The present invention provides a new DVD case that answers the heretofore expressed need for a new one-piece, injection molded DVD case that has a new, more modern and aesthetically appealing appearance, that can be used with existing packaging equipment at DVD reproduction facilities, and that includes additional security features that hamper removal of a packaged DVD from its case before it is sold. As with conventional DVD cases, it also includes a spine, a front cover coupled to the spine via a first living hinge, and a back cover coupled to the spine via a second living hinge. However, for a preferred embodiment of the invention, the new DVD case, when in a closed configuration, has generally semi-cylindrical rimwalls, including upper and lower rimwalls, a spine rimwall, and a closure rimwall, which intersect in generally quarter-spherical corners. So that the front cover, the back cover and the spine may lie in a common plane when in an open configuration, it was found necessary to position the first live hinge at a first quarter position along the spine rimwall, and the second live hinge at a third quarter position along the spine rimwall. In other words, the front cover incorporates about one-fourth of the spine rimwall, the spine incorporates about one-half of the spine rimwall, and the back cover incorporates the remaining about one-fourth of the spine rimwall. This configuration has an added advantage in that, when the case is open, it occupies less table space than does a DVD case having the same thickness and a flat spine that is perpendicular to the front and back covers when the case is closed. For the DVD case of parent application Ser. No. 11/268205, the Mylar® sleeve which surrounds and covers major portions of the spine and front and rear covers and in which is inserted a printed paper title and credits page, was set back approximately 2.2 centimeters from both the top and bottom of the case. This feature is clearly evident in drawing FIGS. 1, 5, 6, 8, 9, 11, 12, 13 and 17. On samples that were sent to potential customers, the title “HD DVD” was imprinted in the band above the sleeve on the front cover. The present invention differs from that of the parent application in several ways. Firstly, the feet at the bottom of the case have been eliminated. Secondly, the case is shorter and thinner. Thirdly, commensurate with the shortening of the case, the setback of the sleeve from the bottom of the case has been reduced so that it begins adjacent the generally semi-cylindrical bottom rimwall. Fourthly, the generally semi-cylindrical rimwalls have been flattened slightly to prevent multiple closed cases that are being pushed down an assembly line from climbing over one another. Fifthly, the DVD case of the present application features a disk mounting hub that is offset below the center of the case for two reasons. As a preferred embodiment of the case is made of generally transparent polypropylene, the setback of the Mylar® sleeve from the top of the case exposes a band on which an identifying logo such as “HD DVD” or “Blue Ray DVD” can be printed, imprinted or embossed, it is important for aesthetic reasons that visibility through the band, from one side of the case to the other, be unobstructed by objects stored within the case. Therefore, by offsetting the DVD mounting hub and platform toward the bottom of the case, visibility through the band can remain unobstructed. In addition, the downward offset of the mounting hub and platform also provides space inside the case above the disk mounting platform and below the band for installation of an Electronic Article Surveillance (EAS) tag. Another unique feature of the new case is that the height of the disk mounting platform has been reduced so that it does not interfere with the automated equipment that attaches the EAS tag to an inside surface of the case. Not only is the new DVD case unique and more aesthetically pleasing than current designs, it is also features enhanced structural rigidity and requires slightly less polyolefin material for its manufacture.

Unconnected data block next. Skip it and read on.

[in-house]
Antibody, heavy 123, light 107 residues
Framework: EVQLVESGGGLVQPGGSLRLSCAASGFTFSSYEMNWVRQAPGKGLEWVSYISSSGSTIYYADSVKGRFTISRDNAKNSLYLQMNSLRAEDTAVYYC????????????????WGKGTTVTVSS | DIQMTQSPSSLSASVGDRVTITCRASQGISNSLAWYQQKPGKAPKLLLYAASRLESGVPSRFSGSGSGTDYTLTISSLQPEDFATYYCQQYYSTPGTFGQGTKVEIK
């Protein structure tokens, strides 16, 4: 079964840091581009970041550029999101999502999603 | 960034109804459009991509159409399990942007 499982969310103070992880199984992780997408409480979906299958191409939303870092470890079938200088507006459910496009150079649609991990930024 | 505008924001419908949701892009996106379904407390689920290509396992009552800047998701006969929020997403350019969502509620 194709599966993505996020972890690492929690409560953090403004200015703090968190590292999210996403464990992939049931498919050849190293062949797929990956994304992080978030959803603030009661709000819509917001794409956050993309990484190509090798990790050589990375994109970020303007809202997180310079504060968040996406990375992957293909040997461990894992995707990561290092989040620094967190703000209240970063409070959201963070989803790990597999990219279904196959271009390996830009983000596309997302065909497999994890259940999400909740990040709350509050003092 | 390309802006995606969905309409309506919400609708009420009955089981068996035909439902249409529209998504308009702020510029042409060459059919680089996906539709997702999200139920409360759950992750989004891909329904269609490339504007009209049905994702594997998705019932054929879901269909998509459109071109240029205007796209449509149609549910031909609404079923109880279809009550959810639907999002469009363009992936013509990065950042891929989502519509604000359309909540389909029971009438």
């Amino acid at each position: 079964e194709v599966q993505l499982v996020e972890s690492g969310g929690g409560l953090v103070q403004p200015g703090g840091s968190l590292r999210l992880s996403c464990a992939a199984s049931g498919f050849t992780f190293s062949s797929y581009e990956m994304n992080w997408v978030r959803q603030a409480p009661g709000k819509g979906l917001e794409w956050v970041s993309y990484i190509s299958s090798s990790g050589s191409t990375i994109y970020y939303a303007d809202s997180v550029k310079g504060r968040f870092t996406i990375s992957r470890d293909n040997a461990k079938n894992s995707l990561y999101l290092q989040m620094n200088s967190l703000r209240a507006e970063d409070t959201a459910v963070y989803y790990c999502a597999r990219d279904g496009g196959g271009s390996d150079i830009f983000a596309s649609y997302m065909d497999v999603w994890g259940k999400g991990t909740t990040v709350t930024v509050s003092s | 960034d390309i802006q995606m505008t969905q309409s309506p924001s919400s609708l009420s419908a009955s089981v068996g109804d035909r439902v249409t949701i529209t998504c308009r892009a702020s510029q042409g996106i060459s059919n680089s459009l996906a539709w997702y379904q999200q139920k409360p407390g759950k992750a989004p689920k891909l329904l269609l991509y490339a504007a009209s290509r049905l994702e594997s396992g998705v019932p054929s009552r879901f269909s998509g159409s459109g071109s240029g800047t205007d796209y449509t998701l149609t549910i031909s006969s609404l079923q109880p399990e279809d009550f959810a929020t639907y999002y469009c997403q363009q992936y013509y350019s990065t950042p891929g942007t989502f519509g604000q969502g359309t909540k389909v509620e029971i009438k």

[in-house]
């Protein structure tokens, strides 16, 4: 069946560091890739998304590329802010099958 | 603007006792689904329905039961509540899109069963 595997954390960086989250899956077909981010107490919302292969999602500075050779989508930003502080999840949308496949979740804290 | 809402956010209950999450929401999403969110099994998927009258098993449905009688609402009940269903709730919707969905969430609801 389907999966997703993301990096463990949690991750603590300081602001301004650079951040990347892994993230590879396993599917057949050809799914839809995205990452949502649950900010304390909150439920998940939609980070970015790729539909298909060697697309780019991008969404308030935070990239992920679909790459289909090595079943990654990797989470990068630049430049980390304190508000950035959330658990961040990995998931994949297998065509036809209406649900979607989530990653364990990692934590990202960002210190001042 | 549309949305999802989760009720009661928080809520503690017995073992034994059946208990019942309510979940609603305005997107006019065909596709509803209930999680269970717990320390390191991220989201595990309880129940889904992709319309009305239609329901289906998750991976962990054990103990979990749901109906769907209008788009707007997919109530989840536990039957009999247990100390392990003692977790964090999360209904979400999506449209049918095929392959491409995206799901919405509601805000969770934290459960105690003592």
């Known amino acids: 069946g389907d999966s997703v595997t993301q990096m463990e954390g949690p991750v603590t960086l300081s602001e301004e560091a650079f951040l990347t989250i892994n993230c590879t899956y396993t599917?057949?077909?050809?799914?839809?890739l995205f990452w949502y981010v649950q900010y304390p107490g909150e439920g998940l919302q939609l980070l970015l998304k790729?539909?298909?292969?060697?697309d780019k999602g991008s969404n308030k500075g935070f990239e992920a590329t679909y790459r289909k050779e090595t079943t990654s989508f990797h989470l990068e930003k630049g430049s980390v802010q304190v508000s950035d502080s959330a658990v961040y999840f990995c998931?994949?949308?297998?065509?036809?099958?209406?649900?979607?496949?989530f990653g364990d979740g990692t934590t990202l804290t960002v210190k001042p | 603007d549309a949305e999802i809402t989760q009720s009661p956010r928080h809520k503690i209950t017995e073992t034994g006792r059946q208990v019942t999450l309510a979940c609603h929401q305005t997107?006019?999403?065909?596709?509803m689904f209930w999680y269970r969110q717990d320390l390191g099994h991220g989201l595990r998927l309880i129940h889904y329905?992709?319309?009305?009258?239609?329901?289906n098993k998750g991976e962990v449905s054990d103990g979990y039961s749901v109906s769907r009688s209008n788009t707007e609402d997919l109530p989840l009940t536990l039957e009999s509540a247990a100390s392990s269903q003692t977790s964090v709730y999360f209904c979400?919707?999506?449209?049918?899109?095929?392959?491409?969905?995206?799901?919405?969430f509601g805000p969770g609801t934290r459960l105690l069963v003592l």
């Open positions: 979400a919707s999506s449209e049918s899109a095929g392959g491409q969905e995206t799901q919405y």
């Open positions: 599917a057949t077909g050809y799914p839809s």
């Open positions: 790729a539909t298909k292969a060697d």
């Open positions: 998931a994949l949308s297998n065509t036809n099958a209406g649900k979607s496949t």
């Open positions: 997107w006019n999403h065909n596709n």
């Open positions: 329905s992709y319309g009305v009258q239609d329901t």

The new DVD case also incorporates significant anti-theft features. The spine incorporates a tab that rotates down over the outer edge of the DVD when the cover is in a closed configuration. Likewise, the front cover has a bracket of L-shaped cross section that locks over the opposite outer edge of the DVD when the front cover is closed. Inner guide walls on the inside front cover have two functions: firstly, to guide the placement of the booklet that will be installed within the case so that it does not encroach on the band at the top of the case and, secondly, to make it more difficult to shake a DVD, that has been released from its mounting hub, out of the top or bottom ends of the case that have been partially opened by bowing the front and back covers of the case. The guide walls make it necessary to bow the case considerably more than would be necessary for a case without such guide walls. The case also incorporates a pair of projections which extend vertically from the rear cover vertical near the closure edge. These projections make it difficult to slide a DVD out of the closure side of the case when it is opened just a crack. As an additional security feature, the case can be equipped with at least one, and preferably two security latches that lock the front and back covers together along their closure edges, and can be taped over to slow down shoplifters, thereby making it more difficult to open the case, especially when wrapped in a heat-sealed sheet of transparent display wrap. The latches do not detract from the aesthetic quality of the case, as they conform to the shape of the case when closed and locked.